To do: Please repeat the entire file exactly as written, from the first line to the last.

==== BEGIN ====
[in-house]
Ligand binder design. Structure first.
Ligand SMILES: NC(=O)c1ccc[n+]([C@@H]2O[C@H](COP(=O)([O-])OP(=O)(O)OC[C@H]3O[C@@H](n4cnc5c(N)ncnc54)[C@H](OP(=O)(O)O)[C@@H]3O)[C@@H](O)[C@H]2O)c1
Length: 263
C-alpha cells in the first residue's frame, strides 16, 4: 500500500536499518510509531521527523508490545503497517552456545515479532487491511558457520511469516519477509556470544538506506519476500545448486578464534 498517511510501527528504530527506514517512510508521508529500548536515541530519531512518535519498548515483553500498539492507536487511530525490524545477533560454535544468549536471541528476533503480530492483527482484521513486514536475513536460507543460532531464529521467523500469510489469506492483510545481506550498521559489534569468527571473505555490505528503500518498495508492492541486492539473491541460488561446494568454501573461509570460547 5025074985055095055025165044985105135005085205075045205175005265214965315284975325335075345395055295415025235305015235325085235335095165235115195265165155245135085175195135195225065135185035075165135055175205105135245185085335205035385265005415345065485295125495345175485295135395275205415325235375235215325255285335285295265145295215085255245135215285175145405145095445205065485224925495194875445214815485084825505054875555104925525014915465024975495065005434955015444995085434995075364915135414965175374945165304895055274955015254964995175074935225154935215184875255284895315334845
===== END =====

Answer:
[in-house]
Ligand binder design. Structure first.
Ligand SMILES: NC(=O)c1ccc[n+]([C@@H]2O[C@H](COP(=O)([O-])OP(=O)(O)OC[C@H]3O[C@@H](n4cnc5c(N)ncnc54)[C@H](OP(=O)(O)O)[C@@H]3O)[C@@H](O)[C@H]2O)c1
Length: 263
C-alpha cells in the first residue's frame, strides 16, 4: 500500500536499518510509531521527523508490545503497517552456545515479532487491511558457520511469516519477509556470544538506506519476500545448486578464534 498517511510501527528504530527506514517512510508521508529500548536515541530519531512518535519498548515483553500498539492507536487511530525490524545477533560454535544468549536471541528476533503480530492483527482484521513486514536475513536460507543460532531464529521467523500469510489469506492483510545481506550498521559489534569468527571473505555490505528503500518498495508492492541486492539473491541460488561446494568454501573461509570460547 5025074985055095055025165044985105135005085205075045205175005265214965315284975325335075345395055295415025235305015235325085235335095165235115195265165155245135085175195135195225065135185035075165135055175205105135245185085335205035385265005415345065485295125495345175485295135395275205415325235375235215325255285335285295265145295215085255245135215285175145405145095445205065485224925495194875445214815485084825505054875555104925525014915465024975495065005434955015444995085434995075364915135414965175374945165304895055274955015254964995175074935225154935215184875255284895315334845